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Thailand tries 2-prong strategy to get perishables to China

Jack Burton

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Thailand tries 2-prong strategy to get perishables to China | The Thaiger
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Thailand is bypassing supply-chain roadblocks to deliver its perishables – mainly agricultural and food products – to China, its biggest market in Asia. Since Thailand shares no border with China, perishable goods like fruit and vegetables have traditionally been sent from Thai farms and warehouses by truck, going through either Vietnam or Laos. Ships and planes are also used, but the Covid-19 crisis has wrecked global logistics, causing border delays, fewer flights and difficulty handling items that aren’t suitable for sea vessels.

This month Thailand began a 2-stage system, trucking products to Vietnam, where they’re moved into containers on trains, which complete the deliveries to China. It sounds simple, but it’s a first for Thai shipments, according to the vice minister for agriculture.

“Transporting by rail is now cheaper and faster than by truck, so we have essentially reduced overall costs and delivery time. This could become a new system for our shipments. We can build on this idea and export more products at lower cost.”

Currently, there’s no direct train route between Thailand and China, but the plan to connect the two countries via rail is in the works.

China is Thailand’s number 2 export market after the US, according to data from the Commerce Ministry. About 80% of farm products from Thailand are normally transported by land to China. Tropical fruits like durian, mangosteen and longan are among the crucial, and most vulnerable, items.

Exports to China increased 15.3% by value in May year-on-year, compared to a 22.5% drop in total exports. Thailand’s economy, heavily reliant on trade and tourism, is facing its deepest contraction in more than 2 decades, with the Bank of Thailand predicting gross domestic product will shrink by a record 8.1%.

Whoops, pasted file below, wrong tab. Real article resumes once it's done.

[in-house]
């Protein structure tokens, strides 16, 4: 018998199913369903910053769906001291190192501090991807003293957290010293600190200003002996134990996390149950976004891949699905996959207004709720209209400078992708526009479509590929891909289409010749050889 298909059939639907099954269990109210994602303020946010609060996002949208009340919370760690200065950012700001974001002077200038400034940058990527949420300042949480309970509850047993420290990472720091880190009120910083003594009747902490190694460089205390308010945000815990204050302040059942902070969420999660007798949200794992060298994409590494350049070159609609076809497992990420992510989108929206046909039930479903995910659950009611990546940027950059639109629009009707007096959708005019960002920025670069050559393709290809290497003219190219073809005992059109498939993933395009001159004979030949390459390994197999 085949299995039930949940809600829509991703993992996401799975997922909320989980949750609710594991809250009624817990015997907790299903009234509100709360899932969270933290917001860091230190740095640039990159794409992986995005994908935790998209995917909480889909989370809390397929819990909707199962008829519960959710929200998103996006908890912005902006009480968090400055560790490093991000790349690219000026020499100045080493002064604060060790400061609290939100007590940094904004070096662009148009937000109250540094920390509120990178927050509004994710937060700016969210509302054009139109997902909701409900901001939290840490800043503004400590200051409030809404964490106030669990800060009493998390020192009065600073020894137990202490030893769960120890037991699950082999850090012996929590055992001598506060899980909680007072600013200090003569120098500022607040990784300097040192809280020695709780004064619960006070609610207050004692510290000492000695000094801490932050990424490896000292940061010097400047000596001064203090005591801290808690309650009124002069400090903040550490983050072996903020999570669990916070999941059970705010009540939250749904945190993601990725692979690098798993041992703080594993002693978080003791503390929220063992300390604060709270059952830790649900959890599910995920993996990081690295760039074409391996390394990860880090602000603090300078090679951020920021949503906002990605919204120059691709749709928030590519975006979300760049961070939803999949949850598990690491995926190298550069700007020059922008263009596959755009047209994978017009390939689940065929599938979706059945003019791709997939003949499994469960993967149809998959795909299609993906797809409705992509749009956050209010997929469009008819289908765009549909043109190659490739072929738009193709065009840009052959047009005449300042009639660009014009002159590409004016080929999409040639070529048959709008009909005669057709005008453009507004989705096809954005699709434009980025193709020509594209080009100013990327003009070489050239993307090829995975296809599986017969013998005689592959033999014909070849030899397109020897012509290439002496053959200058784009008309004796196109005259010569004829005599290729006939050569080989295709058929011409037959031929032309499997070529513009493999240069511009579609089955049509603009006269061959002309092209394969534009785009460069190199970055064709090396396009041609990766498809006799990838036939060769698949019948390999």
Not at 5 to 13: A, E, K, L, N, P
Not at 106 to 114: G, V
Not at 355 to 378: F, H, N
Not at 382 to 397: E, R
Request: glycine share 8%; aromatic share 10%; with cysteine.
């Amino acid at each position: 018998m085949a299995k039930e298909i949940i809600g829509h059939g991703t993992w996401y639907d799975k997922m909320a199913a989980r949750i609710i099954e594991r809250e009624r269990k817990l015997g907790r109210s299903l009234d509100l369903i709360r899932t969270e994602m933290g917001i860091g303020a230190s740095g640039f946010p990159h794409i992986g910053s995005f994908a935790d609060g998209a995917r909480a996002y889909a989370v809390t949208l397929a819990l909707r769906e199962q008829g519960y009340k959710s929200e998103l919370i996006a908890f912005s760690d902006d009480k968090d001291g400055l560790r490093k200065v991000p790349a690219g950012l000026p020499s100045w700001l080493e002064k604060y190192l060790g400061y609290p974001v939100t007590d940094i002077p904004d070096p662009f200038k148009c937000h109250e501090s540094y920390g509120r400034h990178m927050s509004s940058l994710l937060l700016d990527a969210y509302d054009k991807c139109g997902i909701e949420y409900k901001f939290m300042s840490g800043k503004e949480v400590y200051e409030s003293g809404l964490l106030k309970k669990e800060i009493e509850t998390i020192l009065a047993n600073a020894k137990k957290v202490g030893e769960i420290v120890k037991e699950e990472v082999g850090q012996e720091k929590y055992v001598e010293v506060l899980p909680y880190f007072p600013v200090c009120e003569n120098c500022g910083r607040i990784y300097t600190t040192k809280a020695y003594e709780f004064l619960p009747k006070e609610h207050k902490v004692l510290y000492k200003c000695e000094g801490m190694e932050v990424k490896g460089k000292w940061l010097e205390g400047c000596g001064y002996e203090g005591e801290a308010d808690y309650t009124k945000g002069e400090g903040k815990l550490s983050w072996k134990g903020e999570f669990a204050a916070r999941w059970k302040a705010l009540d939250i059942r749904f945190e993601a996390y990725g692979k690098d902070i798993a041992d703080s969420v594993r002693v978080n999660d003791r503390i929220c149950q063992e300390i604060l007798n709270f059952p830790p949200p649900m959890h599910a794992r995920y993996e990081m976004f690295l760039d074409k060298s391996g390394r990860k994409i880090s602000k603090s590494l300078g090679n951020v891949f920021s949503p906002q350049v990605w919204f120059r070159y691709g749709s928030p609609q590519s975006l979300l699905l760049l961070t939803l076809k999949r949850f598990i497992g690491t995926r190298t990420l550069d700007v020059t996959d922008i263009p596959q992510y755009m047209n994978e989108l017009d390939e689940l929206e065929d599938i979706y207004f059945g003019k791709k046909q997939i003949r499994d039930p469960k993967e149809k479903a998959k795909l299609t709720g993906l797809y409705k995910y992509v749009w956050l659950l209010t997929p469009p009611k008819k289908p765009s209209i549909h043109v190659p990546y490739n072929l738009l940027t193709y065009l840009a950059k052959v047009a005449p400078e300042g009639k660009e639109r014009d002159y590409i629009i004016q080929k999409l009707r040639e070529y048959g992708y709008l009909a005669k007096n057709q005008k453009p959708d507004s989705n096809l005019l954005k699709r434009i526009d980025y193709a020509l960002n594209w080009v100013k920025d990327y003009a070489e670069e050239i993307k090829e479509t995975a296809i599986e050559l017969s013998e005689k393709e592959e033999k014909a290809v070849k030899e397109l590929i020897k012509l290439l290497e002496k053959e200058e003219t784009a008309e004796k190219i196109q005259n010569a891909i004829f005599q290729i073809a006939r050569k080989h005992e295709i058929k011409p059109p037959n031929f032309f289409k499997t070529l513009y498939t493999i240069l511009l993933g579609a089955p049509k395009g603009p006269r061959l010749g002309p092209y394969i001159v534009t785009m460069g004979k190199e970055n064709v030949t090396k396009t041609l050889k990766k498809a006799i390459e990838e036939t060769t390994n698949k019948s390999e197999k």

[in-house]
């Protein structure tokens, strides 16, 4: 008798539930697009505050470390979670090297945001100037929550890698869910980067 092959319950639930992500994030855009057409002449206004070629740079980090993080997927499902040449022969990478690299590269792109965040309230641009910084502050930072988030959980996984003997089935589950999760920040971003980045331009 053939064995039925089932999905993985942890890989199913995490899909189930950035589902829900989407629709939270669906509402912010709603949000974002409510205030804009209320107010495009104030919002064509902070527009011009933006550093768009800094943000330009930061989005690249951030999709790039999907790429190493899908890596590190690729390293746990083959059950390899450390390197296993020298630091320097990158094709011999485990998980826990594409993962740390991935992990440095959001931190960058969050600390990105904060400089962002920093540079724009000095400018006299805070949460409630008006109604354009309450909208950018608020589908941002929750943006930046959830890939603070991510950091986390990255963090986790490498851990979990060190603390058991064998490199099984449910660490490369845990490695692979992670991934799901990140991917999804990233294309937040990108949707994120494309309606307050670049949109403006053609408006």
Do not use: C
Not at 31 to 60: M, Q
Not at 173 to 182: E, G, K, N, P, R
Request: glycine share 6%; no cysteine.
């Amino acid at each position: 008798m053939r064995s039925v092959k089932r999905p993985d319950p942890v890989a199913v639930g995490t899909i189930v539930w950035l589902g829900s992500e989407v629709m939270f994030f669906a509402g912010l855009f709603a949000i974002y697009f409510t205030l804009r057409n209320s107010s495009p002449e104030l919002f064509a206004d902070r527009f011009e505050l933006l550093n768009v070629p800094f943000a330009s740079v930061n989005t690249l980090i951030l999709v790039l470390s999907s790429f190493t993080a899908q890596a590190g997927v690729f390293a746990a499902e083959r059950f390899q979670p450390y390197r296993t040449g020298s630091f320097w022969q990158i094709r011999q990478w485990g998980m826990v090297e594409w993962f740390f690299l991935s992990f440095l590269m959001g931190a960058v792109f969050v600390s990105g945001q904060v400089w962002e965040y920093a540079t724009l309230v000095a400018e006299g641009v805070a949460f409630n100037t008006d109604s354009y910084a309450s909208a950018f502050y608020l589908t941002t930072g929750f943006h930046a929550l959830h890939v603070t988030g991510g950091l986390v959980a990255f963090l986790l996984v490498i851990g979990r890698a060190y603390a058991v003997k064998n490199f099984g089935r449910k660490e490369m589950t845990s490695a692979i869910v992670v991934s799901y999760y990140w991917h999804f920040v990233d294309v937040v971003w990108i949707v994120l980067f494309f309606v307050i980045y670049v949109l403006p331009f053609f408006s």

SOURCE: Bangkok Post

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Jack Burton is an American writer, broadcaster, linguist and journalist who has lived in Asia since 1987. A native of the state of Georgia, he attended the The University of Georgia's Henry Grady School of Journalism, which hands out journalism's prestigious Peabody Awards. His works have appeared in The China Post, The South China Morning Post, The International Herald Tribune and many magazines throughout Asia and the world. He is fluent in Mandarin and has appeared on television and radio for decades in Taiwan, Mainland China, Hong Kong and Macau.

2 Comments

2 Comments

  1. Avatar

    Toby Andrews

    July 19, 2020 at 11:35 pm

    I hope they are putting the truck drivers into two weeks of quarantine.
    Naw there is no chance of that. When there big money is involved, rules on covid will be ignored.
    Hypocrites.

  2. Avatar

    ron

    July 23, 2020 at 9:52 am

    Forget doing business with China. The world will completely decouple from China before 4 years time.

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